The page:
Buttons, buttons, buttons! You see these little fellas nearly everywhere you look on the web — on menus, contact forms and product pages (just to name a few). Since buttons are an integral part of the user experience, I’m going to show you how to create your own sleek button in Photoshop. It’s a fairly simple process, taking no more than 15-20 minutes.
Let’s get started and add some awesomeness to your UI.
Open up Photoshop — Ctrl+N to bring up the new canvas window. The width and height are entirely up to you, but make sure the resolution is at least 72 DPI and the color mode is RGB 8 bit.
We are going to quickly prepare the background — fill the current background with a gray color.
Then, add the Noise effect (Filter > Noise > Add Noise…).
Most buttons have rounded corners but in this case, I want it to be a square shape. Create a new layer (Ctrl + Shift + N), set the Foreground Color to orange, and use the Rectangle Tool (U) to create a new shape. Make sure to choose Shape Layers on the top menu.
With the basic shape drawn, we are going to add Layer Styles. Whenever you want to add styling to a layer, simply double-click the layer (or right-click the layer > Blending options), and the Layer Style window will appear.
The first style we’re adding is a Drop Shadow.
Don’t close your Layer Style palette yet! The next style to add is an Inner Shadow, this will add a shine to the top of the button giving it a 3D look.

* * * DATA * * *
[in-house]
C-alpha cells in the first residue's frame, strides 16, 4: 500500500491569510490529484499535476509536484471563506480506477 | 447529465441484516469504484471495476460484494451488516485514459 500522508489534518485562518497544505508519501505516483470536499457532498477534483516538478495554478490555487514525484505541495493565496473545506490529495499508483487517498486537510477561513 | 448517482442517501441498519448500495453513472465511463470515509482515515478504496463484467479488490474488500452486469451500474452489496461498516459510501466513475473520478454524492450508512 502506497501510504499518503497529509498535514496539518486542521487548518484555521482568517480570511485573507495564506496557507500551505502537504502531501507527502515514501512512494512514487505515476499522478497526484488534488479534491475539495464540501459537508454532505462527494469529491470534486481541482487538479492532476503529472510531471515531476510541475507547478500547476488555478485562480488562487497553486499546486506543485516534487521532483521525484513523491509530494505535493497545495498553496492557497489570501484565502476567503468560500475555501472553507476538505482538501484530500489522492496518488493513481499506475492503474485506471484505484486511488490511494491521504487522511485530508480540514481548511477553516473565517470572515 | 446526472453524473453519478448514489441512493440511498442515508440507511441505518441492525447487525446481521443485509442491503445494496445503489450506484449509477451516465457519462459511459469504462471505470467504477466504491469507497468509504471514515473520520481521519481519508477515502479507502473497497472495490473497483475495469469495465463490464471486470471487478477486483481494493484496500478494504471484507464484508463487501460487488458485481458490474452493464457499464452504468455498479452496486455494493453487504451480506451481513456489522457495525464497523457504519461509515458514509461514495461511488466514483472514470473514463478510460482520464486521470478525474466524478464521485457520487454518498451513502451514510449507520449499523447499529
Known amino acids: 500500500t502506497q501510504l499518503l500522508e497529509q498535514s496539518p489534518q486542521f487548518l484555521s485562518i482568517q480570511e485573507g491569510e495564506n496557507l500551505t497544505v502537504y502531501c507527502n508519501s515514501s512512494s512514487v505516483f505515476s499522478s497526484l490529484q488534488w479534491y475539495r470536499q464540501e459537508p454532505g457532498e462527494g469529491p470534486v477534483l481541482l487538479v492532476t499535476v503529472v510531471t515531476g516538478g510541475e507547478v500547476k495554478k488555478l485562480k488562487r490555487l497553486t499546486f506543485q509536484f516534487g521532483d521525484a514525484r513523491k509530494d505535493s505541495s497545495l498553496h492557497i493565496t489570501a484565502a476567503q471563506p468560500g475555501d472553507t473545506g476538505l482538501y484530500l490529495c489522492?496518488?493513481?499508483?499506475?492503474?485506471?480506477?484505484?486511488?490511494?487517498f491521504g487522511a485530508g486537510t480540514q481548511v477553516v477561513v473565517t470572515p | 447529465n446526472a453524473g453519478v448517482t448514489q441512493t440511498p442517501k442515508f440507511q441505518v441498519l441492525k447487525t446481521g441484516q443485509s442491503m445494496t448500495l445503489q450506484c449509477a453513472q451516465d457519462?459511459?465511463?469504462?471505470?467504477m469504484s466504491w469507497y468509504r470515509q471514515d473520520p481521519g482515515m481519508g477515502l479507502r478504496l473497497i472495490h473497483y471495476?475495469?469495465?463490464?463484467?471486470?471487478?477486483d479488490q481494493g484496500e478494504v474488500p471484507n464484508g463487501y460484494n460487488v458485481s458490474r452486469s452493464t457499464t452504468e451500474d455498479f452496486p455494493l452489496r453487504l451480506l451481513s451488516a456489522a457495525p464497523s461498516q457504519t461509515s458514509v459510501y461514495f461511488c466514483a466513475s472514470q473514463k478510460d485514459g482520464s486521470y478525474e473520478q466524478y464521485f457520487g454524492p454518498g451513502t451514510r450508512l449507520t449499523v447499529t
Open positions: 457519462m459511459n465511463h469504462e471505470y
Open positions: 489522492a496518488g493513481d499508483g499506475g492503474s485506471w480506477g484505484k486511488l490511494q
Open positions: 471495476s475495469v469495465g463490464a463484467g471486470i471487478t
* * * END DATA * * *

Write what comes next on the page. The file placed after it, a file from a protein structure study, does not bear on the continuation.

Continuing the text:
Moving along, select an Inner Glow to help add volume. This might seem like a subtle addition, but believe me these are the small details that count.
Apply the Gradient Overlay effect and set the blending mode to Overlay. You might need to click the Reverse check box next to the gradient, to make sure the upper part of the button is bright, and the lower is darker.
The final effect is Stroke.
We want to really emphasize the 3D effect of the button. We’re going to do this by creating a new shape that’s white, placing it on top so it covers half of our orange button.
Now, create a Clipping Mask on the white shape (right-click the layer > Create Clipping Mask).
Next, highlight the white shape layer and add a Layer Mask — click the Layer Mask icon at the bottom of the layers palette.
Use the Gradient tool (G) to cover the white shape with the Foreground to Transparent Gradient.
Change the Blending mode for the white shape to Overlay. Now, we have a sleek effect for the button.
Our button has to say something, right? I’ve picked a classic font like Helvetica Neue.
It’s easy to center the text on the button:
- First, select the Text layer. Hover your mouse over the orange shape, hold Command and click. You’ll see selection lines appear around the orange button.
- On the top bar, click Align Vertical Center and Align Horizontal Center.
Give the text a Drop Shadow effect just like below:
Yay, we’ve created a button! Hopefully this tutorial helped add another nice button to your web designs.